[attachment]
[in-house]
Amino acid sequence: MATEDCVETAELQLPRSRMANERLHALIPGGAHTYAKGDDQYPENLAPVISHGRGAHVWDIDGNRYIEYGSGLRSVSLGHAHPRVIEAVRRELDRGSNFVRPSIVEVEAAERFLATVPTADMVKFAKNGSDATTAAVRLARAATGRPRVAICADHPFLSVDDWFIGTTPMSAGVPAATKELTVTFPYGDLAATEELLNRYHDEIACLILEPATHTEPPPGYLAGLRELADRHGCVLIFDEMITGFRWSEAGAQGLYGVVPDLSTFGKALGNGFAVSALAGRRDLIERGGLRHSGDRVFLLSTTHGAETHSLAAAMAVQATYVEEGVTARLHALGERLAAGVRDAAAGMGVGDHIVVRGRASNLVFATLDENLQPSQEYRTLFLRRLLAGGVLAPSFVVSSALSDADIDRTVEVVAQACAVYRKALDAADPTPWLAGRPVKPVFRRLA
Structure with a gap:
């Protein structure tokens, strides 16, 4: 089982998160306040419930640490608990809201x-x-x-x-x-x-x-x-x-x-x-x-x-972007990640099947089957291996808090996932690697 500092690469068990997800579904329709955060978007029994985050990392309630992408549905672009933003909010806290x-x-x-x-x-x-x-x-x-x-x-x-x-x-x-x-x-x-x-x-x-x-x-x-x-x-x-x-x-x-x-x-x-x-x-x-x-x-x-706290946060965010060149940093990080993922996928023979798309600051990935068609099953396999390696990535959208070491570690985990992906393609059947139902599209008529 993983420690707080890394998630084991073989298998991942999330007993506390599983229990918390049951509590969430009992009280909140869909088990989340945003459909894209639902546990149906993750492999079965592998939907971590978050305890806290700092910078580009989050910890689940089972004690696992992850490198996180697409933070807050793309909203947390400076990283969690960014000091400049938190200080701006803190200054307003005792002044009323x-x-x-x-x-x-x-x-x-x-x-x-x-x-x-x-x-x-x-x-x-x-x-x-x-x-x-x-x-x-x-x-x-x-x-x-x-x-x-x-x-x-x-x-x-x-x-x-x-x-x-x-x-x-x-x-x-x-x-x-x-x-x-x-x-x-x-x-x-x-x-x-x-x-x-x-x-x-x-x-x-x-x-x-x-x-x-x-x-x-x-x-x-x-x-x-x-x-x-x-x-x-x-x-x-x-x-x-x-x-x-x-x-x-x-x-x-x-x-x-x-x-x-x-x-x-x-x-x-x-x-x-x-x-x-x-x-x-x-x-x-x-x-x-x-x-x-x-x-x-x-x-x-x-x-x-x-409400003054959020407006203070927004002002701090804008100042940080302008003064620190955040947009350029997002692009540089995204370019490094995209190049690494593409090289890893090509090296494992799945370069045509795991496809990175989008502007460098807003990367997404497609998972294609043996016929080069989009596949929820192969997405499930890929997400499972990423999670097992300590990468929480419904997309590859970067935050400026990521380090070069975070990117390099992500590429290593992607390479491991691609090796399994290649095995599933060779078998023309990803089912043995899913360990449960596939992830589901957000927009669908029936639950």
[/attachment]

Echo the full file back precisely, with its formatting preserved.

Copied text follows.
[in-house]
Amino acid sequence: MATEDCVETAELQLPRSRMANERLHALIPGGAHTYAKGDDQYPENLAPVISHGRGAHVWDIDGNRYIEYGSGLRSVSLGHAHPRVIEAVRRELDRGSNFVRPSIVEVEAAERFLATVPTADMVKFAKNGSDATTAAVRLARAATGRPRVAICADHPFLSVDDWFIGTTPMSAGVPAATKELTVTFPYGDLAATEELLNRYHDEIACLILEPATHTEPPPGYLAGLRELADRHGCVLIFDEMITGFRWSEAGAQGLYGVVPDLSTFGKALGNGFAVSALAGRRDLIERGGLRHSGDRVFLLSTTHGAETHSLAAAMAVQATYVEEGVTARLHALGERLAAGVRDAAAGMGVGDHIVVRGRASNLVFATLDENLQPSQEYRTLFLRRLLAGGVLAPSFVVSSALSDADIDRTVEVVAQACAVYRKALDAADPTPWLAGRPVKPVFRRLA
Structure with a gap:
């Protein structure tokens, strides 16, 4: 089982998160306040419930640490608990809201x-x-x-x-x-x-x-x-x-x-x-x-x-972007990640099947089957291996808090996932690697 500092690469068990997800579904329709955060978007029994985050990392309630992408549905672009933003909010806290x-x-x-x-x-x-x-x-x-x-x-x-x-x-x-x-x-x-x-x-x-x-x-x-x-x-x-x-x-x-x-x-x-x-x-x-x-x-x-706290946060965010060149940093990080993922996928023979798309600051990935068609099953396999390696990535959208070491570690985990992906393609059947139902599209008529 993983420690707080890394998630084991073989298998991942999330007993506390599983229990918390049951509590969430009992009280909140869909088990989340945003459909894209639902546990149906993750492999079965592998939907971590978050305890806290700092910078580009989050910890689940089972004690696992992850490198996180697409933070807050793309909203947390400076990283969690960014000091400049938190200080701006803190200054307003005792002044009323x-x-x-x-x-x-x-x-x-x-x-x-x-x-x-x-x-x-x-x-x-x-x-x-x-x-x-x-x-x-x-x-x-x-x-x-x-x-x-x-x-x-x-x-x-x-x-x-x-x-x-x-x-x-x-x-x-x-x-x-x-x-x-x-x-x-x-x-x-x-x-x-x-x-x-x-x-x-x-x-x-x-x-x-x-x-x-x-x-x-x-x-x-x-x-x-x-x-x-x-x-x-x-x-x-x-x-x-x-x-x-x-x-x-x-x-x-x-x-x-x-x-x-x-x-x-x-x-x-x-x-x-x-x-x-x-x-x-x-x-x-x-x-x-x-x-x-x-x-x-x-x-x-x-x-x-x-409400003054959020407006203070927004002002701090804008100042940080302008003064620190955040947009350029997002692009540089995204370019490094995209190049690494593409090289890893090509090296494992799945370069045509795991496809990175989008502007460098807003990367997404497609998972294609043996016929080069989009596949929820192969997405499930890929997400499972990423999670097992300590990468929480419904997309590859970067935050400026990521380090070069975070990117390099992500590429290593992607390479491991691609090796399994290649095995599933060779078998023309990803089912043995899913360990449960596939992830589901957000927009669908029936639950």